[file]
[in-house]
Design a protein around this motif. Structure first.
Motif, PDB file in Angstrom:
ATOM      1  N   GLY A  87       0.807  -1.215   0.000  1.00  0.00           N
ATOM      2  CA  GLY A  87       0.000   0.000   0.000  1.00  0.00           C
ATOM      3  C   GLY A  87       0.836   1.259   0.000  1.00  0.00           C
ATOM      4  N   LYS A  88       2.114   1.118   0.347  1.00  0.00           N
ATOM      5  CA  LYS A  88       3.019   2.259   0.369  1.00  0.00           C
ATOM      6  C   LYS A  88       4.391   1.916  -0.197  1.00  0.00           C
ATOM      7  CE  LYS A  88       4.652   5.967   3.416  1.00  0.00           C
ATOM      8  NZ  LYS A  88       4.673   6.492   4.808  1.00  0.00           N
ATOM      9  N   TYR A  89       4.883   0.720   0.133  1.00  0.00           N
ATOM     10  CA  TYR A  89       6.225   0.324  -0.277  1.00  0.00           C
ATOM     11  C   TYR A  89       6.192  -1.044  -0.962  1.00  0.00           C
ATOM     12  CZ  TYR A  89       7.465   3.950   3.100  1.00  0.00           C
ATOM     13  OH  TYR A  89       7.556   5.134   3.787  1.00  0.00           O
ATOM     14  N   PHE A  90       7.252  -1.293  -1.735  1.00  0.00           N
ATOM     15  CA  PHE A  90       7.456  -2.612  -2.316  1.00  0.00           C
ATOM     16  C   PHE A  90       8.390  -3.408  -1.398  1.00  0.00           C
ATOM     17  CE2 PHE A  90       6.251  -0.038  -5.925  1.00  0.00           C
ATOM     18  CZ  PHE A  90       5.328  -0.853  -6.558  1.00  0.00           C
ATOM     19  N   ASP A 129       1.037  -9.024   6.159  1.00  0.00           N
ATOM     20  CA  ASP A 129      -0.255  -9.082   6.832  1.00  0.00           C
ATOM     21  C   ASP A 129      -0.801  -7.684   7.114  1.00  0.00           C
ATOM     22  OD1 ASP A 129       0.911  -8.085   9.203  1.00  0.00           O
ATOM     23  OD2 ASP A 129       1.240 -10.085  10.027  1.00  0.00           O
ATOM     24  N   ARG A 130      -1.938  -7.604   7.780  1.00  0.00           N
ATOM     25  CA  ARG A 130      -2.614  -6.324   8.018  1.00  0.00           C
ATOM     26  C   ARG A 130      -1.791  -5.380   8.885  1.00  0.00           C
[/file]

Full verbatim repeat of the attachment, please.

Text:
[in-house]
Design a protein around this motif. Structure first.
Motif, PDB file in Angstrom:
ATOM      1  N   GLY A  87       0.807  -1.215   0.000  1.00  0.00           N
ATOM      2  CA  GLY A  87       0.000   0.000   0.000  1.00  0.00           C
ATOM      3  C   GLY A  87       0.836   1.259   0.000  1.00  0.00           C
ATOM      4  N   LYS A  88       2.114   1.118   0.347  1.00  0.00           N
ATOM      5  CA  LYS A  88       3.019   2.259   0.369  1.00  0.00           C
ATOM      6  C   LYS A  88       4.391   1.916  -0.197  1.00  0.00           C
ATOM      7  CE  LYS A  88       4.652   5.967   3.416  1.00  0.00           C
ATOM      8  NZ  LYS A  88       4.673   6.492   4.808  1.00  0.00           N
ATOM      9  N   TYR A  89       4.883   0.720   0.133  1.00  0.00           N
ATOM     10  CA  TYR A  89       6.225   0.324  -0.277  1.00  0.00           C
ATOM     11  C   TYR A  89       6.192  -1.044  -0.962  1.00  0.00           C
ATOM     12  CZ  TYR A  89       7.465   3.950   3.100  1.00  0.00           C
ATOM     13  OH  TYR A  89       7.556   5.134   3.787  1.00  0.00           O
ATOM     14  N   PHE A  90       7.252  -1.293  -1.735  1.00  0.00           N
ATOM     15  CA  PHE A  90       7.456  -2.612  -2.316  1.00  0.00           C
ATOM     16  C   PHE A  90       8.390  -3.408  -1.398  1.00  0.00           C
ATOM     17  CE2 PHE A  90       6.251  -0.038  -5.925  1.00  0.00           C
ATOM     18  CZ  PHE A  90       5.328  -0.853  -6.558  1.00  0.00           C
ATOM     19  N   ASP A 129       1.037  -9.024   6.159  1.00  0.00           N
ATOM     20  CA  ASP A 129      -0.255  -9.082   6.832  1.00  0.00           C
ATOM     21  C   ASP A 129      -0.801  -7.684   7.114  1.00  0.00           C
ATOM     22  OD1 ASP A 129       0.911  -8.085   9.203  1.00  0.00           O
ATOM     23  OD2 ASP A 129       1.240 -10.085  10.027  1.00  0.00           O
ATOM     24  N   ARG A 130      -1.938  -7.604   7.780  1.00  0.00           N
ATOM     25  CA  ARG A 130      -2.614  -6.324   8.018  1.00  0.00           C
ATOM     26  C   ARG A 130      -1.791  -5.380   8.885  1.00  0.00           C